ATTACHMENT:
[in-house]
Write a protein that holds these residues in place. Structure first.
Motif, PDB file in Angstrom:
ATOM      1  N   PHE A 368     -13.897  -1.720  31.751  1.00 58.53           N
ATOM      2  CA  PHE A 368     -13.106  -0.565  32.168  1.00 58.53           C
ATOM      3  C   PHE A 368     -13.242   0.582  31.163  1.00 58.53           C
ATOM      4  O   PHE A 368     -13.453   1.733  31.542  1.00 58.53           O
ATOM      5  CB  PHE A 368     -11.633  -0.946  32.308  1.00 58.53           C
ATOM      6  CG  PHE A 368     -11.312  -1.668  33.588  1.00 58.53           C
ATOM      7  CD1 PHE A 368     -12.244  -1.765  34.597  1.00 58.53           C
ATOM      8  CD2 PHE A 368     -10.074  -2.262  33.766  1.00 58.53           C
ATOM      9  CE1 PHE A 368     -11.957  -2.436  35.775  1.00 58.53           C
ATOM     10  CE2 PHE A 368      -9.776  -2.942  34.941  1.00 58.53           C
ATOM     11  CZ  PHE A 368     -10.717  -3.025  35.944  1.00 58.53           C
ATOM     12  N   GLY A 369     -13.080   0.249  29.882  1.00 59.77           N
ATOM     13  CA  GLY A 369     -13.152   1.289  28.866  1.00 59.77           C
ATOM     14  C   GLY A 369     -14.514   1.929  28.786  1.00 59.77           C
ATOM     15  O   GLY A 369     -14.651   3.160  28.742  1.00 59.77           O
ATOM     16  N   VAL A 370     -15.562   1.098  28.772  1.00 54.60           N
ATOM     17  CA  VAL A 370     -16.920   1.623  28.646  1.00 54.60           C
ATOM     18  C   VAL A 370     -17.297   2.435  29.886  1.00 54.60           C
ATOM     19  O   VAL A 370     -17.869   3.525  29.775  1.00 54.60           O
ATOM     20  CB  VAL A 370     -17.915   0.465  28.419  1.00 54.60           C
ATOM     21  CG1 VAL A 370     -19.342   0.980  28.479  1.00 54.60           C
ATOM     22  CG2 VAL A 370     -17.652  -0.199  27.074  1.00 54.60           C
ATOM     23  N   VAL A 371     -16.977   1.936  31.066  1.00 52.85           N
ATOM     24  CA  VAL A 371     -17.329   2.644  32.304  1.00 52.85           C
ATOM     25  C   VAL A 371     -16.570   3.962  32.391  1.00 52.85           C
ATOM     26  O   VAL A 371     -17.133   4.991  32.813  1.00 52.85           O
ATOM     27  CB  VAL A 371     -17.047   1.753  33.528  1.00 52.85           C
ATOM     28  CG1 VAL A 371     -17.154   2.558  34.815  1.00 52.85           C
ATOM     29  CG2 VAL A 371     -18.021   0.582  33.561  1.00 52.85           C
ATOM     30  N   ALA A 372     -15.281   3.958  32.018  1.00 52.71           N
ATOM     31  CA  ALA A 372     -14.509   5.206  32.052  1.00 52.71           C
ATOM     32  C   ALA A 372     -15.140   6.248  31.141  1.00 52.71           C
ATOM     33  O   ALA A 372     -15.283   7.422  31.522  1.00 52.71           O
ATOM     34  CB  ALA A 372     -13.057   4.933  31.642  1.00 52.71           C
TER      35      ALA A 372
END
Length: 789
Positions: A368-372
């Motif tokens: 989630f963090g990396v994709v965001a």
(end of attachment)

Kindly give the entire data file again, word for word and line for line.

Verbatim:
[in-house]
Write a protein that holds these residues in place. Structure first.
Motif, PDB file in Angstrom:
ATOM      1  N   PHE A 368     -13.897  -1.720  31.751  1.00 58.53           N
ATOM      2  CA  PHE A 368     -13.106  -0.565  32.168  1.00 58.53           C
ATOM      3  C   PHE A 368     -13.242   0.582  31.163  1.00 58.53           C
ATOM      4  O   PHE A 368     -13.453   1.733  31.542  1.00 58.53           O
ATOM      5  CB  PHE A 368     -11.633  -0.946  32.308  1.00 58.53           C
ATOM      6  CG  PHE A 368     -11.312  -1.668  33.588  1.00 58.53           C
ATOM      7  CD1 PHE A 368     -12.244  -1.765  34.597  1.00 58.53           C
ATOM      8  CD2 PHE A 368     -10.074  -2.262  33.766  1.00 58.53           C
ATOM      9  CE1 PHE A 368     -11.957  -2.436  35.775  1.00 58.53           C
ATOM     10  CE2 PHE A 368      -9.776  -2.942  34.941  1.00 58.53           C
ATOM     11  CZ  PHE A 368     -10.717  -3.025  35.944  1.00 58.53           C
ATOM     12  N   GLY A 369     -13.080   0.249  29.882  1.00 59.77           N
ATOM     13  CA  GLY A 369     -13.152   1.289  28.866  1.00 59.77           C
ATOM     14  C   GLY A 369     -14.514   1.929  28.786  1.00 59.77           C
ATOM     15  O   GLY A 369     -14.651   3.160  28.742  1.00 59.77           O
ATOM     16  N   VAL A 370     -15.562   1.098  28.772  1.00 54.60           N
ATOM     17  CA  VAL A 370     -16.920   1.623  28.646  1.00 54.60           C
ATOM     18  C   VAL A 370     -17.297   2.435  29.886  1.00 54.60           C
ATOM     19  O   VAL A 370     -17.869   3.525  29.775  1.00 54.60           O
ATOM     20  CB  VAL A 370     -17.915   0.465  28.419  1.00 54.60           C
ATOM     21  CG1 VAL A 370     -19.342   0.980  28.479  1.00 54.60           C
ATOM     22  CG2 VAL A 370     -17.652  -0.199  27.074  1.00 54.60           C
ATOM     23  N   VAL A 371     -16.977   1.936  31.066  1.00 52.85           N
ATOM     24  CA  VAL A 371     -17.329   2.644  32.304  1.00 52.85           C
ATOM     25  C   VAL A 371     -16.570   3.962  32.391  1.00 52.85           C
ATOM     26  O   VAL A 371     -17.133   4.991  32.813  1.00 52.85           O
ATOM     27  CB  VAL A 371     -17.047   1.753  33.528  1.00 52.85           C
ATOM     28  CG1 VAL A 371     -17.154   2.558  34.815  1.00 52.85           C
ATOM     29  CG2 VAL A 371     -18.021   0.582  33.561  1.00 52.85           C
ATOM     30  N   ALA A 372     -15.281   3.958  32.018  1.00 52.71           N
ATOM     31  CA  ALA A 372     -14.509   5.206  32.052  1.00 52.71           C
ATOM     32  C   ALA A 372     -15.140   6.248  31.141  1.00 52.71           C
ATOM     33  O   ALA A 372     -15.283   7.422  31.522  1.00 52.71           O
ATOM     34  CB  ALA A 372     -13.057   4.933  31.642  1.00 52.71           C
TER      35      ALA A 372
END
Length: 789
Positions: A368-372
């Motif tokens: 989630f963090g990396v994709v965001a």